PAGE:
Advice for the Working Caregiver

For most family caregivers their responsibilities run parallel to employment obligations. This can create extra stress on a working caregiver who is trying to earn enough money while feeling the pressure of needing to be there with their family.

In Canada, about 35 per cent of all working individuals (6.1 million) work full time in addition to their care duties. In the United States, that number rises to 60 per cent or 6 in 10.

These individuals are finding themselves having to adjust their work schedule to caregiving commitments. A report on family caregiving in Canada states that 558,000 full time workers leave the Canadian workforce each year due to caregiving responsibilities.

For those who stay in the workforce, about 10 per cent do not seek a promotion or have had to turn down a job offer because of their duties. In addition, 15 per cent indicate they have cut down on the hours of work they do each week.

Research has found that 44 per cent of working caregivers miss 8-9 days of work because of their caregiving duties. Employees juggling caregiving and full time work has been estimated to cost Canadian employers $5.5 billion each year in productivity.

In an effort to garner better productivity, there has also been a trend for employers to be flexible and accommodating with employees. This includes flexible work arrangements such as telecommuting, job sharing or flextime, in addition to generous benefits packages or even a temporary leave of absence.

Yet, there are some important things that working caregivers can do to care for their health and well-being before they burn out.

These include:

  • Seek help. This is particularly important if you are feeling depressed or exhausted all the time.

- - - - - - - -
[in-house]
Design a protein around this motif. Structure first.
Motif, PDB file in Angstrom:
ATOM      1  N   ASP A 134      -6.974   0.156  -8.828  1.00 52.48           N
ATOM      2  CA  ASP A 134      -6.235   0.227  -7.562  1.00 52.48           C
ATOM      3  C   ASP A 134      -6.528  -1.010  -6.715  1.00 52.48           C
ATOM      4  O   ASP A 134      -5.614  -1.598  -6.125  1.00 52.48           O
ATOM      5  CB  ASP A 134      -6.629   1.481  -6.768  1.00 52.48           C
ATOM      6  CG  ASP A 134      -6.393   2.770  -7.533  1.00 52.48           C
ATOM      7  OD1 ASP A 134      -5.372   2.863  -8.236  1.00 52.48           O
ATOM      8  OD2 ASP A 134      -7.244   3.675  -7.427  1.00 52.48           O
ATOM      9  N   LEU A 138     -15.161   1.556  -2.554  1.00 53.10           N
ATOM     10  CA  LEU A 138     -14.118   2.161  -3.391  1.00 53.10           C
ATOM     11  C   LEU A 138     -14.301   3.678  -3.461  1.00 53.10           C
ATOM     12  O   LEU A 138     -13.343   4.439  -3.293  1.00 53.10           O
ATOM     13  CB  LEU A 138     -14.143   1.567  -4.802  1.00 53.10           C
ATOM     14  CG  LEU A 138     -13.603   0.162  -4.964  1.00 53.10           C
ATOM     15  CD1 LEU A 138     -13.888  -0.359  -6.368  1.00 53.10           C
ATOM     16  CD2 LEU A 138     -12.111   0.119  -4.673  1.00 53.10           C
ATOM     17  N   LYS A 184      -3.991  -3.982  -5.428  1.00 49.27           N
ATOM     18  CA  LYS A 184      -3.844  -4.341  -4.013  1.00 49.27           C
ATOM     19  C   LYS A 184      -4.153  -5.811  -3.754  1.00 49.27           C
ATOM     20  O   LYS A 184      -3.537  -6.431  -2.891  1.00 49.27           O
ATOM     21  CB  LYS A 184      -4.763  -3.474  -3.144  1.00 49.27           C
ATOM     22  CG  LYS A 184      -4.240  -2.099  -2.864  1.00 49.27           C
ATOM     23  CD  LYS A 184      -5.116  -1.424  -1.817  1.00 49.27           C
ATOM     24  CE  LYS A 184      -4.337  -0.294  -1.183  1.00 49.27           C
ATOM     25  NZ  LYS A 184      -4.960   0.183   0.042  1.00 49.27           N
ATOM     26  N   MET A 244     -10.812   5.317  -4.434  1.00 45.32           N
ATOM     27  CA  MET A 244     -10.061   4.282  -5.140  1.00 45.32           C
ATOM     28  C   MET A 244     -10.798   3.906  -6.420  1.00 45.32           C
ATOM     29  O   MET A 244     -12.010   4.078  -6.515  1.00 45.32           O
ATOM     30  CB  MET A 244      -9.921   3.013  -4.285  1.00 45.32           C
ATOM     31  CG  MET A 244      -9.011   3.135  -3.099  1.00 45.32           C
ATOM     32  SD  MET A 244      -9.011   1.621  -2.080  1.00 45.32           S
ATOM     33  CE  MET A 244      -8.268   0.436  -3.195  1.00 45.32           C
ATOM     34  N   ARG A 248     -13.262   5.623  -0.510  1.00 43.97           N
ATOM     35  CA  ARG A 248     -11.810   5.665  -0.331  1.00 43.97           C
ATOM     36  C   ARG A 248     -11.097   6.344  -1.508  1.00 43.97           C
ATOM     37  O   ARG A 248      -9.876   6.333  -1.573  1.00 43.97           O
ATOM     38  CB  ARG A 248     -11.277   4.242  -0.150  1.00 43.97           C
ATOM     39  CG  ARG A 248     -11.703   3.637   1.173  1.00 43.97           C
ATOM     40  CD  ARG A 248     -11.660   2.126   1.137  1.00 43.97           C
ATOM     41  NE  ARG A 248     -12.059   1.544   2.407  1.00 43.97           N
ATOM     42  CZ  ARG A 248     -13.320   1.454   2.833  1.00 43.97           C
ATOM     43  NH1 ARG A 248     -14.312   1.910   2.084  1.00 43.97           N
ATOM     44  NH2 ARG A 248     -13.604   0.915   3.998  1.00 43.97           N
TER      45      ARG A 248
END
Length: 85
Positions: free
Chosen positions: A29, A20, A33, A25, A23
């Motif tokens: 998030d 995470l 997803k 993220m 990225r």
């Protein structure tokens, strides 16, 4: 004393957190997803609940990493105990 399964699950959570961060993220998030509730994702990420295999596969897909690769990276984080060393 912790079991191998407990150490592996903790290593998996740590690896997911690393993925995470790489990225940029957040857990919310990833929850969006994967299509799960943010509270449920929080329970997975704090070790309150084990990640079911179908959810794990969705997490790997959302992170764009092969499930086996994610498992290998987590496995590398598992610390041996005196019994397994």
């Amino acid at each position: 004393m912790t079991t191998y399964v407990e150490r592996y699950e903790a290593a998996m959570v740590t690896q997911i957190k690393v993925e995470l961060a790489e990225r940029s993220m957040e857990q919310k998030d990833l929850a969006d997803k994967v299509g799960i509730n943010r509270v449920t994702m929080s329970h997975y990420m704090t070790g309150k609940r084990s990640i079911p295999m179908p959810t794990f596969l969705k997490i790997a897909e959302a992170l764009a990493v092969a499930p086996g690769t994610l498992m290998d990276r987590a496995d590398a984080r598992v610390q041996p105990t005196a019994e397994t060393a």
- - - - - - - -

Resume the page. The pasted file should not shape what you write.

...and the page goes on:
• Maintain your social connections. One of the areas that is easy to let slide is a social life. But it is these connections that can invigorate us and renew our spirits in tough times.
  • Eat well and get enough rest. Add some exercise or physical activity to your routine to help boost your energy level.
  • Talk to your manager or supervisor. By letting them know about your situation you may find there aret flexible work options like a compressed work week or telecommuting.

Some practical tips for surviving the day-to-day are:

  • Keep organized. Create and maintain a to-do list and a family calendar. Both of these can be shared with others who are involved in caregiving responsibilities.
  • Access local resources. there are often organizations and groups that can help find community resources for caregivers. It can include finding some in-home assistance or accessing social programs and financial support.

Conclusion

Trying to meet the pressures of a full-time job while pulling double duty as a caregiver for a member of your family can be stressful.  That is why it is important to talk to your supervisor or employer about your situation. There are also several things you can do to take care of yourself so you don’t get run down including eating well and getting proper sleep. Being prepared for the daily tasks and seeking help when you need it will also alleviate the pressure and help you enjoy both your job and your family.

Written by Chandra Lye

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